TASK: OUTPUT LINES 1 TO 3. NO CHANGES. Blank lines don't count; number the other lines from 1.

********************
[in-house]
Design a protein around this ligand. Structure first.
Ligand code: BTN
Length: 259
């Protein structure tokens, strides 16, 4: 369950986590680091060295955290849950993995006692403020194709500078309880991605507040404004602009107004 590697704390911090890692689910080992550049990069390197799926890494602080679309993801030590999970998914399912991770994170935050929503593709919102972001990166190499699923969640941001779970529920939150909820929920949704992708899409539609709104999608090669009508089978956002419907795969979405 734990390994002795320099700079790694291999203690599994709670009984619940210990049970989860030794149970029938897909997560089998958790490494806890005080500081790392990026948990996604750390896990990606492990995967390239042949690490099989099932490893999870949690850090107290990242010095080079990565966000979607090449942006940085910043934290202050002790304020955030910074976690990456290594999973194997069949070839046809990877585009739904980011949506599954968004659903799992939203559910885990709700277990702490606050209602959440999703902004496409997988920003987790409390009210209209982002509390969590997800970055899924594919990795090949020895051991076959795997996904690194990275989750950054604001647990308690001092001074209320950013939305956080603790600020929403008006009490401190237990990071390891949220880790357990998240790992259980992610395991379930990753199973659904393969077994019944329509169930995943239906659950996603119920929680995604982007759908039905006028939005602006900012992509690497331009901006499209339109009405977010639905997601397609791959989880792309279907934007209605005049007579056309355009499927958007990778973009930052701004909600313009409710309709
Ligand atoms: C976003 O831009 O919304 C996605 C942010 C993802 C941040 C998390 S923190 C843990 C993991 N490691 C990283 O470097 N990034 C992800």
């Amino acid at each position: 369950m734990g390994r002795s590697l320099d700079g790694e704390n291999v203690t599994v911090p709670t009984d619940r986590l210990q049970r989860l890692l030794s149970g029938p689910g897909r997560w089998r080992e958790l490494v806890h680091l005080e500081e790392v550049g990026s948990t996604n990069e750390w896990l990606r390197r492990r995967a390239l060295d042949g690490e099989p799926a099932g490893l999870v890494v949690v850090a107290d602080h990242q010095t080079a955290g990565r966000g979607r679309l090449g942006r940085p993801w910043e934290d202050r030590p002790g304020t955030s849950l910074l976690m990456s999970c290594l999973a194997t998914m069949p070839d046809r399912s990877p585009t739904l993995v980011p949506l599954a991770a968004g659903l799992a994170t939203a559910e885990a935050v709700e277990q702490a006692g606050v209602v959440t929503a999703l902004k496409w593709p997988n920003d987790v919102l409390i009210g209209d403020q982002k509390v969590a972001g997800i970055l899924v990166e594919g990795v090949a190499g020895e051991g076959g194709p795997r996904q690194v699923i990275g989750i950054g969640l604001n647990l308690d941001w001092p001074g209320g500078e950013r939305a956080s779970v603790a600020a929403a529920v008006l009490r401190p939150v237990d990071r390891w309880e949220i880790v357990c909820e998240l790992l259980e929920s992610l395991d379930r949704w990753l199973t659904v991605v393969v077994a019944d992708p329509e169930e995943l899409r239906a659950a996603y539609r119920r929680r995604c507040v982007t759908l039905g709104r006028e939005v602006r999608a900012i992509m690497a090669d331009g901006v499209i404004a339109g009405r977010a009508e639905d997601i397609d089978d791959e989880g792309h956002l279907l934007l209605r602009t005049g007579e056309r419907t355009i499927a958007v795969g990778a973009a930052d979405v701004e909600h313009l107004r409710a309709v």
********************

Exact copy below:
[in-house]
Design a protein around this ligand. Structure first.
Ligand code: BTN